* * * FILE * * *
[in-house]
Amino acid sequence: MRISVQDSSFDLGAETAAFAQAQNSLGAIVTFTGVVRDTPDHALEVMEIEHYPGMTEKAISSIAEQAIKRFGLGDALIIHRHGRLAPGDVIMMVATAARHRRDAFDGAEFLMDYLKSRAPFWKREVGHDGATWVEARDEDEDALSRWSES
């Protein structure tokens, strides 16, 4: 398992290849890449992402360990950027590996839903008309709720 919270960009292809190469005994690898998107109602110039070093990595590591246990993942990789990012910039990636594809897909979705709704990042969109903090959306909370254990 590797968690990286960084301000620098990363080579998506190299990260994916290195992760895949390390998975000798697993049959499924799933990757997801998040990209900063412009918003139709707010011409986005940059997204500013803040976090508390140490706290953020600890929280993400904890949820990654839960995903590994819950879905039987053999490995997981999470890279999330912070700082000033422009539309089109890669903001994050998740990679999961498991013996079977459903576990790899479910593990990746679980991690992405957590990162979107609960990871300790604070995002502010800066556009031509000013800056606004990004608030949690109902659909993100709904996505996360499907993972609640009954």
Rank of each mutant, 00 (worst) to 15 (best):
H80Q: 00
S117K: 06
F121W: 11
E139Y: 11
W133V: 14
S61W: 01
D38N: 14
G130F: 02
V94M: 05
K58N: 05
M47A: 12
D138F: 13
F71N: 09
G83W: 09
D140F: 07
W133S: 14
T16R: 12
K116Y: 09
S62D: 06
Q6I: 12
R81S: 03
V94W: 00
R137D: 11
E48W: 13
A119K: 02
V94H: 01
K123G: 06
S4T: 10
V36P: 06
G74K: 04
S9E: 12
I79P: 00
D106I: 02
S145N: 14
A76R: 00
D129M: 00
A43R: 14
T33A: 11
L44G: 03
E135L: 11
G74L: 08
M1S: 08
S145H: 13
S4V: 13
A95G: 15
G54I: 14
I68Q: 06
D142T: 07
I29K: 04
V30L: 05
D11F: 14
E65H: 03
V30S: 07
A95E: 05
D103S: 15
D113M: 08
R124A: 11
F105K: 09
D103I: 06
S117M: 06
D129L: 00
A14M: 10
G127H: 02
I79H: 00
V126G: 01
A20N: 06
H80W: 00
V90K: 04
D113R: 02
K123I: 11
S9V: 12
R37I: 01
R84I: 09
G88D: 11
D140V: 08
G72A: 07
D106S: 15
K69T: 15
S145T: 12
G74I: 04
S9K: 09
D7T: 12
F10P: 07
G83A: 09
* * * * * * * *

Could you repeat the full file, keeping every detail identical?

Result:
[in-house]
Amino acid sequence: MRISVQDSSFDLGAETAAFAQAQNSLGAIVTFTGVVRDTPDHALEVMEIEHYPGMTEKAISSIAEQAIKRFGLGDALIIHRHGRLAPGDVIMMVATAARHRRDAFDGAEFLMDYLKSRAPFWKREVGHDGATWVEARDEDEDALSRWSES
């Protein structure tokens, strides 16, 4: 398992290849890449992402360990950027590996839903008309709720 919270960009292809190469005994690898998107109602110039070093990595590591246990993942990789990012910039990636594809897909979705709704990042969109903090959306909370254990 590797968690990286960084301000620098990363080579998506190299990260994916290195992760895949390390998975000798697993049959499924799933990757997801998040990209900063412009918003139709707010011409986005940059997204500013803040976090508390140490706290953020600890929280993400904890949820990654839960995903590994819950879905039987053999490995997981999470890279999330912070700082000033422009539309089109890669903001994050998740990679999961498991013996079977459903576990790899479910593990990746679980991690992405957590990162979107609960990871300790604070995002502010800066556009031509000013800056606004990004608030949690109902659909993100709904996505996360499907993972609640009954």
Rank of each mutant, 00 (worst) to 15 (best):
H80Q: 00
S117K: 06
F121W: 11
E139Y: 11
W133V: 14
S61W: 01
D38N: 14
G130F: 02
V94M: 05
K58N: 05
M47A: 12
D138F: 13
F71N: 09
G83W: 09
D140F: 07
W133S: 14
T16R: 12
K116Y: 09
S62D: 06
Q6I: 12
R81S: 03
V94W: 00
R137D: 11
E48W: 13
A119K: 02
V94H: 01
K123G: 06
S4T: 10
V36P: 06
G74K: 04
S9E: 12
I79P: 00
D106I: 02
S145N: 14
A76R: 00
D129M: 00
A43R: 14
T33A: 11
L44G: 03
E135L: 11
G74L: 08
M1S: 08
S145H: 13
S4V: 13
A95G: 15
G54I: 14
I68Q: 06
D142T: 07
I29K: 04
V30L: 05
D11F: 14
E65H: 03
V30S: 07
A95E: 05
D103S: 15
D113M: 08
R124A: 11
F105K: 09
D103I: 06
S117M: 06
D129L: 00
A14M: 10
G127H: 02
I79H: 00
V126G: 01
A20N: 06
H80W: 00
V90K: 04
D113R: 02
K123I: 11
S9V: 12
R37I: 01
R84I: 09
G88D: 11
D140V: 08
G72A: 07
D106S: 15
K69T: 15
S145T: 12
G74I: 04
S9K: 09
D7T: 12
F10P: 07
G83A: 09